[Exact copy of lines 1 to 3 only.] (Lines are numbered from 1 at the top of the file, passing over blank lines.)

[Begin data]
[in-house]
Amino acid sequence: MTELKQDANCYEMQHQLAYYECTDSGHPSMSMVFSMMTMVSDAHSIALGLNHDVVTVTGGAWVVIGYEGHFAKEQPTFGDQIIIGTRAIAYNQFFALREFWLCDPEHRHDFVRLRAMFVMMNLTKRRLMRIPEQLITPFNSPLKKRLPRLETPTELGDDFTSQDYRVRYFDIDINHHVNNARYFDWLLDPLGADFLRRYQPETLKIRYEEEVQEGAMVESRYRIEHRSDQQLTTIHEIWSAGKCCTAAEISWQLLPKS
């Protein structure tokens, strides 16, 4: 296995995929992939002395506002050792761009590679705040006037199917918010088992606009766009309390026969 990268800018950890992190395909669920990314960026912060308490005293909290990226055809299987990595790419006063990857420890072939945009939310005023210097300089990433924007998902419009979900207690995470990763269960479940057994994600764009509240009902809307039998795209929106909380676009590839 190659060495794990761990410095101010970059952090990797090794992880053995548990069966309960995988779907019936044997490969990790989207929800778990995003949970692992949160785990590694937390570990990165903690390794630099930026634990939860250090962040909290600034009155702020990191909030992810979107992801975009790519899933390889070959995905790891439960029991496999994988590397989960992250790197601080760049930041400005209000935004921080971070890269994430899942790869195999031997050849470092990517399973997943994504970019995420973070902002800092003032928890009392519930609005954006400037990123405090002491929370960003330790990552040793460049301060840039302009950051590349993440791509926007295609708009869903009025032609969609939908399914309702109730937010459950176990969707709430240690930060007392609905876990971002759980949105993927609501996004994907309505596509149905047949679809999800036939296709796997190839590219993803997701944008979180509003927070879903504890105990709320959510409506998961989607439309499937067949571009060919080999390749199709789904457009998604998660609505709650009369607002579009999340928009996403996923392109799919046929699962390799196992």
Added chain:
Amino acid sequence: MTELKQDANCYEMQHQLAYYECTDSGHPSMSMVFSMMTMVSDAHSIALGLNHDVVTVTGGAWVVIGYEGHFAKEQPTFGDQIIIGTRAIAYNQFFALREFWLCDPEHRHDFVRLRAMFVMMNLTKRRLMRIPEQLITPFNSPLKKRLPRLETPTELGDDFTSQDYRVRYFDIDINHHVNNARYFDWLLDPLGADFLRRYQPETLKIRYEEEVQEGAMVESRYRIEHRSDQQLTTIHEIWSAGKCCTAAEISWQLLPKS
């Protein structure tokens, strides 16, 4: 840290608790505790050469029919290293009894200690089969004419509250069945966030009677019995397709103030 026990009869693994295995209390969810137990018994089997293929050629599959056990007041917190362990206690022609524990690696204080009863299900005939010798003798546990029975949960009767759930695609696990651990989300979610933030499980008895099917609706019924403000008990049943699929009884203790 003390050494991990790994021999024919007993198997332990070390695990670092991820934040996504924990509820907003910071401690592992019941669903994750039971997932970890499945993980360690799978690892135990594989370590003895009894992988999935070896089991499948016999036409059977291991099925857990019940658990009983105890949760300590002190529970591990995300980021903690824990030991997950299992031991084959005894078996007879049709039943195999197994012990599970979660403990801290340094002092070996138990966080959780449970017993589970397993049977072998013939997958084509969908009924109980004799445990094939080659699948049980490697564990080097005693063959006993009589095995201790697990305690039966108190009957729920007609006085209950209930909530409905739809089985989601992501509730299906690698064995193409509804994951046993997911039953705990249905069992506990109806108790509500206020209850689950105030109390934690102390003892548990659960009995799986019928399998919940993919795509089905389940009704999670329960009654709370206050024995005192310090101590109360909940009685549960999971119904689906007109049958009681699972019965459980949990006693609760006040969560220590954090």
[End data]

[in-house]
Amino acid sequence: MTELKQDANCYEMQHQLAYYECTDSGHPSMSMVFSMMTMVSDAHSIALGLNHDVVTVTGGAWVVIGYEGHFAKEQPTFGDQIIIGTRAIAYNQFFALREFWLCDPEHRHDFVRLRAMFVMMNLTKRRLMRIPEQLITPFNSPLKKRLPRLETPTELGDDFTSQDYRVRYFDIDINHHVNNARYFDWLLDPLGADFLRRYQPETLKIRYEEEVQEGAMVESRYRIEHRSDQQLTTIHEIWSAGKCCTAAEISWQLLPKS
């Protein structure tokens, strides 16, 4: 296995995929992939002395506002050792761009590679705040006037199917918010088992606009766009309390026969 990268800018950890992190395909669920990314960026912060308490005293909290990226055809299987990595790419006063990857420890072939945009939310005023210097300089990433924007998902419009979900207690995470990763269960479940057994994600764009509240009902809307039998795209929106909380676009590839 190659060495794990761990410095101010970059952090990797090794992880053995548990069966309960995988779907019936044997490969990790989207929800778990995003949970692992949160785990590694937390570990990165903690390794630099930026634990939860250090962040909290600034009155702020990191909030992810979107992801975009790519899933390889070959995905790891439960029991496999994988590397989960992250790197601080760049930041400005209000935004921080971070890269994430899942790869195999031997050849470092990517399973997943994504970019995420973070902002800092003032928890009392519930609005954006400037990123405090002491929370960003330790990552040793460049301060840039302009950051590349993440791509926007295609708009869903009025032609969609939908399914309702109730937010459950176990969707709430240690930060007392609905876990971002759980949105993927609501996004994907309505596509149905047949679809999800036939296709796997190839590219993803997701944008979180509003927070879903504890105990709320959510409506998961989607439309499937067949571009060919080999390749199709789904457009998604998660609505709650009369607002579009999340928009996403996923392109799919046929699962390799196992």